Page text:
Everything You Need to Know About POP

The POP internet standard helps you receive your email

Post Office Protocol (POP) is an internet standard that makes it possible to download email messages from an email server to a computer. POP has been updated twice since its origin in 1984 as POP1. Post Office Protocol Version 2 (POP2) was published in 1985; Post Office Protocol Version 3 (POP3) was published in 1988 and included new authentication mechanisms and other actions.

Graphic depicting emails being sent
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How POP Works

Incoming email messages are stored at a POP server until the user logs in (with an email client) and downloads the messages to their computer. The POP standard doesn't include means to send messages. Simple Mail Transfer Protocol (SMTP) is used to send emails.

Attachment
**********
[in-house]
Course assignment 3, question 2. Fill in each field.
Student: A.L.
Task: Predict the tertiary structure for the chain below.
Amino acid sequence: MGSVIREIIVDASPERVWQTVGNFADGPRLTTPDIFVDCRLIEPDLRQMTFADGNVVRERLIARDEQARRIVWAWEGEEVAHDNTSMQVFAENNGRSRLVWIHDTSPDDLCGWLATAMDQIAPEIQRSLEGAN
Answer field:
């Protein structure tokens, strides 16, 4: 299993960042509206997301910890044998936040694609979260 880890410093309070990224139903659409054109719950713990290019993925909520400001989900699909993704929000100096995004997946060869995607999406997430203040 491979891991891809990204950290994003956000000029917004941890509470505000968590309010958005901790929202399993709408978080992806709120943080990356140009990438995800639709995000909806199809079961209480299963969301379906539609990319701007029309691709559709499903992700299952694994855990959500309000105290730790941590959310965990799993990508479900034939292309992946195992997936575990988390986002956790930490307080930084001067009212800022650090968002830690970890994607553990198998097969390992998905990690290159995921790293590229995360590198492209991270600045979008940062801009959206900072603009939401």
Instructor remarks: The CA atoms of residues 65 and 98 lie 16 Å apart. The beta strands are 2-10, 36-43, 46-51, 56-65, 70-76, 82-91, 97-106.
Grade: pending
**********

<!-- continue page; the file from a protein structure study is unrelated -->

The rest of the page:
How POP Compares to IMAP

POP and Internet Message Access Protocol (IMAP) are similar in that both are used for email retrieval. However, POP is older and defines only simple commands for email retrieval; IMAP enables synchronization between devices and online access. With POP, messages are stored and managed locally on one computer or device. Therefore, POP is more straightforward to implement and typically more reliable and stable.

Disadvantages of POP

POP is a limited protocol that allows an email program to only download messages to the computer or device, with an option to keep a copy on the server for future download. While POP lets email programs track retrieved messages, sometimes this process fails, and messages might download again. Also, with POP, it's impossible to access the same email account from multiple computers or devices and have actions synchronize between them.